From left to right Amanda Elliot (Storknest Sponsor), Sandy Cox (Storknest Sponsor Liaison), Kelly Rodriguez (Storknest Sponsor), Marissa Mordente (Storknest Sponsor and a huge support)
You’re a military spouse or a female active duty service member and you’re pregnant with your first child. It’s the most exciting time of your life. You and your husband have been planning, preparing and anxiously awaiting the birth of your child. You’ve eaten healthily, followed the plan, the room is furnished, and you’ve read the books and attended every doctor’s appointment. You’re ready.
Now, change the scenery:
What if you’re NOT in the United States or even a first world country? You’ve been sent on an accompanied or dual spouse assignment to Turkey, Bulgaria, Italy, Hungary or places in Africa that may not have the same standard of medical care or practices that, as an American, you’ve taken for granted.
What if you’re in a place where access to medical care is not up to American standards – not even close? And you are forced to sign pages of liability waivers in order to deliver your baby in a foreign hospital with non-English speaking doctors and nurses, with completely different standards of medical protocol and practices?
You’re panicked; overwhelming fear consumes you as a soon-to-be new mother. What do you do? Hope for the best and sign away?
No. The United States military and Tricare Overseas has a plan for you and the baby to ensure a safe delivery and wonderful after care. It’s called the Storknester Program. They will fly you to Landstuhl Army Medical Center (LRMC) in Germany to deliver your baby. You’re going to get the best medical care United States military has to offer by amazing doctors, nurses and staff.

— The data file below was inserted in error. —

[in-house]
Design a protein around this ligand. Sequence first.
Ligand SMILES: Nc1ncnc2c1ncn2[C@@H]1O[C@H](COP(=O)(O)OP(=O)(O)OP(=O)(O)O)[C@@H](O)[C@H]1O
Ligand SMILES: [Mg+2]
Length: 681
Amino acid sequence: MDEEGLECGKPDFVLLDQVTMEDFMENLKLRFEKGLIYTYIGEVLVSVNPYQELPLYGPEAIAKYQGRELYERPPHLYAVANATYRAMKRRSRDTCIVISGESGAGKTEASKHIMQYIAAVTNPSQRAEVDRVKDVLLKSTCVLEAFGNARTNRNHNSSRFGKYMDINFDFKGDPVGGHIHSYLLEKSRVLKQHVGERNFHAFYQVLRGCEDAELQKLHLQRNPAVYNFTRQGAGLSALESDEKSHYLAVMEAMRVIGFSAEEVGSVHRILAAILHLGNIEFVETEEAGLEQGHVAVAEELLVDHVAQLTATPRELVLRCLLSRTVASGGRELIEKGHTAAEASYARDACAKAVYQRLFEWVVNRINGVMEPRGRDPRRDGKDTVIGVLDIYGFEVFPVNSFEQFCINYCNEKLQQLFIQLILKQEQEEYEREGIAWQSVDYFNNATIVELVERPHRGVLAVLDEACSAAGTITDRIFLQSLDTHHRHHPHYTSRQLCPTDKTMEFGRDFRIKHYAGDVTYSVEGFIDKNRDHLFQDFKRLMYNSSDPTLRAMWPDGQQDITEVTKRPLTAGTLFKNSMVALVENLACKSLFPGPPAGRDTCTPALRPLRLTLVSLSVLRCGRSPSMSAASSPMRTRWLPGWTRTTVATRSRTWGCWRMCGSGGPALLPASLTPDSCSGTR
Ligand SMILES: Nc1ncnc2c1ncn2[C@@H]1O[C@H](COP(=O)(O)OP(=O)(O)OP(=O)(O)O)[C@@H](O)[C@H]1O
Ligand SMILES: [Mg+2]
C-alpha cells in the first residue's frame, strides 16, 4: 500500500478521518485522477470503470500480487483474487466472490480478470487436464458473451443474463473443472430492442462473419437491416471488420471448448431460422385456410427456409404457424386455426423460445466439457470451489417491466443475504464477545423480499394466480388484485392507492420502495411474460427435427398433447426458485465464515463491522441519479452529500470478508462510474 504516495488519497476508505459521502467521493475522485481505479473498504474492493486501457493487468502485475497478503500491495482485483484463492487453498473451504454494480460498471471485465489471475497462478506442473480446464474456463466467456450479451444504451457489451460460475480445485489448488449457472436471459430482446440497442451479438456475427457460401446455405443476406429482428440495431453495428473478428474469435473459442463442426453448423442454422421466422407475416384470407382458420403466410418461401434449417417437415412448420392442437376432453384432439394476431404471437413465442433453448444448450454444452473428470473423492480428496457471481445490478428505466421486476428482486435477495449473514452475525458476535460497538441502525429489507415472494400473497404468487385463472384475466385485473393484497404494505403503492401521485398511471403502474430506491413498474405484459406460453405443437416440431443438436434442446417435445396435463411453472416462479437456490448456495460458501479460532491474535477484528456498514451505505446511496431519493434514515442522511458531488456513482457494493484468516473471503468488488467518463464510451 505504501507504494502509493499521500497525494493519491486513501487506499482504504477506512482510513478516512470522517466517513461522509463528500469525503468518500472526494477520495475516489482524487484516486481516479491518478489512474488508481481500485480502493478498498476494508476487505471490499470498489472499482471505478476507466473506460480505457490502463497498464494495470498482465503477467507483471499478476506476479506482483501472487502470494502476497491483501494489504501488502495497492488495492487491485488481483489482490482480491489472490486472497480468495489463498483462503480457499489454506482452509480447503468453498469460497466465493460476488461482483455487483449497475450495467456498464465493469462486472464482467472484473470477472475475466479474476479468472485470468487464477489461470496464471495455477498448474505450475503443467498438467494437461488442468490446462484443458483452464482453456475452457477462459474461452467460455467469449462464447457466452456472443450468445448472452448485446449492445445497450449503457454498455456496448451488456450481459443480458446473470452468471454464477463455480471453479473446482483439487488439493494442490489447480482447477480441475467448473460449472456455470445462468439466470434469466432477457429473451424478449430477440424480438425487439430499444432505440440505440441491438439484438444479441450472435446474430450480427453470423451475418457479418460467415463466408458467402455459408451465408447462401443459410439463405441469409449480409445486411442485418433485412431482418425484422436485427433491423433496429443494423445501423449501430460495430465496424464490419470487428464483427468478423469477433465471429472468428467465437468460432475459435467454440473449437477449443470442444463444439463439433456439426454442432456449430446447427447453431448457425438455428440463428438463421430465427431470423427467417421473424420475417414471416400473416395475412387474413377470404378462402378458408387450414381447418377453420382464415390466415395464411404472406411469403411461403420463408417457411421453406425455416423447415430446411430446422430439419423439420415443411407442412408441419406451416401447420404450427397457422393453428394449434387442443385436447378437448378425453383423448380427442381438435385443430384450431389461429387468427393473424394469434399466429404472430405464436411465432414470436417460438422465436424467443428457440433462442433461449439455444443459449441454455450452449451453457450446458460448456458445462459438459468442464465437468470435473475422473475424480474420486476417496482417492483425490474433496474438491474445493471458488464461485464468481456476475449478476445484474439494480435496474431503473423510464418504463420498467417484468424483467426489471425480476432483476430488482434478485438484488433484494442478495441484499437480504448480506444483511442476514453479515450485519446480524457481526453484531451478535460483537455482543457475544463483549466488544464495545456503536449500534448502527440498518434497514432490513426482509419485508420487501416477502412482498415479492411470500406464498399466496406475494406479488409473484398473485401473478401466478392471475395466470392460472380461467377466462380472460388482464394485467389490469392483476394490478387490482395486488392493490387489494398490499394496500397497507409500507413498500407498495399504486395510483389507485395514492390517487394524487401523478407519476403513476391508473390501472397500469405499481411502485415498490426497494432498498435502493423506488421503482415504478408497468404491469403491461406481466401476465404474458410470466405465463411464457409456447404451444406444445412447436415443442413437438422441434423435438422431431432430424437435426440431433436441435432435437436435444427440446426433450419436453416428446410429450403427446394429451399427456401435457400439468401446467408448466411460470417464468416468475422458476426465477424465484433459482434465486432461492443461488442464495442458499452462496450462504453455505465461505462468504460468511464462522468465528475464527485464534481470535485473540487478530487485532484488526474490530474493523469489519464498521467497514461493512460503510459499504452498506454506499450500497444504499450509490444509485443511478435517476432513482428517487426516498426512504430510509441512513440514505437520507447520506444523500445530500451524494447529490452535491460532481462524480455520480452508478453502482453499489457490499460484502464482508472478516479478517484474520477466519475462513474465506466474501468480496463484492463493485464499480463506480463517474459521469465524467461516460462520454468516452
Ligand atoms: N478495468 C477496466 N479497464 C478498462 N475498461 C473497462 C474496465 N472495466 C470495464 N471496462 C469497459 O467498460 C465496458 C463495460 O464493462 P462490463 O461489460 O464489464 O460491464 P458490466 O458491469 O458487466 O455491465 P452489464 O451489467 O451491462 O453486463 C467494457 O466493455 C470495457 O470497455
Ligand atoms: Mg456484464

But there’s a catch – you have to go alone.
Policy states that you’ll board an international flight or rotator when you reach the 34-36 week mark in your pregnancy – by yourself. Your husband isn’t authorized to join you until five days prior to your due date. You have to go it alone, separated from your spouse and possibly other children if you have them.
The medical staff at LMRC will provide you with the best medical care, try to calm your fears, and listen to your worries. But at the end of the day, you’ll walk or waddle back to the TLF, swollen feet, alone, and wait for another week or four weeks to pass until your husband can join you.
The scary part is you don’t know anyone. You’re in another foreign country without family, friends, or neighbors to support you. You hope the baby stays on schedule and you don’t have to deliver your child alone.
Storknesting: You don’t have to go it alone thanks to military spouses.
Meet Sandy Cox, a military spouse and former nurse. Her title is Storknester Sponsor Liaison. She’s not a paid member of the hospital or the Army– she’s a volunteer, a mom, a wife, and a friend to anyone who meets her.
She coordinates support for these new mothers who arrive without their spouses. Her goal is to ease the burden of expectant mothers and provide a more positive experience during a very stressful time.